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Successful Referendum In Egypt


An Egyptian voter casts her vote in a polling station in Cairo, Egypt, March 19, 2011

Egyptian voters overwhelmingly approved a referendum on constitutional changes, paving the way for parliamentary and presidential elections later in the year.

Egyptian voters overwhelmingly approved a referendum on constitutional changes, paving the way for parliamentary and presidential elections later in the year. More than 14 million voters, or 77.2 percent of those who voted, approved the constitutional amendments. Over 40 percent of eligible Egyptian voters turned out to cast their ballots.

The referendum is considered an important step in Egypt's transition toward democracy. It included several constitutional amendments proposed by a panel appointed by the military, which has been leading Egypt since last month's ouster of President Hosni Mubarak. The new amendments provide presidential candidates three ways to appear on the ballot: nomination by a party with at least one parliamentary seat, endorsement by 30 members of the parliament, or by receiving 30,000 signatures of citizens eligible to vote. The president is now limited to serving two four-year terms, and he is obligated to appoint at least one vice president. In addition, the judiciary will be returned to active supervision of elections and will be the final arbiter of legal challenges to the elections.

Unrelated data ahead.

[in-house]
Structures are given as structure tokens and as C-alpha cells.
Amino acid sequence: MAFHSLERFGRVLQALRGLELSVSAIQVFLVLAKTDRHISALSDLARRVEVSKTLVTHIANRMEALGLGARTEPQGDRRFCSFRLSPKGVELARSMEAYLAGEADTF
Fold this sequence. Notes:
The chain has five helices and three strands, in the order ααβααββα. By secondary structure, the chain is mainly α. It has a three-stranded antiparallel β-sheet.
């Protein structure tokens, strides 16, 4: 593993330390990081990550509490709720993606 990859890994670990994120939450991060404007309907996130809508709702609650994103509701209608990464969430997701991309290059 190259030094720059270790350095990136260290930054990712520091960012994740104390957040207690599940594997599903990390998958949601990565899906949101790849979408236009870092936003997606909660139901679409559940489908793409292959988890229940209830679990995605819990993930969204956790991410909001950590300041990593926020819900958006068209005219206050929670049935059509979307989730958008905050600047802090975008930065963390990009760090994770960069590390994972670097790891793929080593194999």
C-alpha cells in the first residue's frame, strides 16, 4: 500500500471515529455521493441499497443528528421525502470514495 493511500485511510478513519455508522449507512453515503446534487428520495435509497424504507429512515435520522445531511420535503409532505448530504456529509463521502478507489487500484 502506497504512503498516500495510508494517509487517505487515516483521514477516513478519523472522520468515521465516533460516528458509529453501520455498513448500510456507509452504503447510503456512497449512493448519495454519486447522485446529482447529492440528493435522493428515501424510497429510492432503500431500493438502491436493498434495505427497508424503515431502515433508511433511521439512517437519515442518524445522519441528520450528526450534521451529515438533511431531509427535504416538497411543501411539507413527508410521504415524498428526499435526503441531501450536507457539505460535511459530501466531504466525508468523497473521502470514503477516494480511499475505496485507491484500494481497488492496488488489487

The United States is encouraged by the successful running of the constitutional referendum. "Egyptians," said U.S. National Security Advisor Tom Donilon, "turned out in unprecedented numbers; by and large, they were able to vote freely, and the vote was conducted in a peaceful, orderly fashion. It's a really important achievement. Seeing so many Egyptians exercise their newly won freedom is cause for optimism, and it will provide a foundation for further progress as the Egyptians continue to build a democratic future."

The United States will continue to support Egypt as it lays the foundation for parliamentary and presidential elections. As Secretary Clinton told the people of Egypt: "This moment of history belongs to you ... this is your achievement and you broke barriers and overcame obstacles to pursue the dream of democracy, and the United States and President Obama and I will stand with you as you make this journey."

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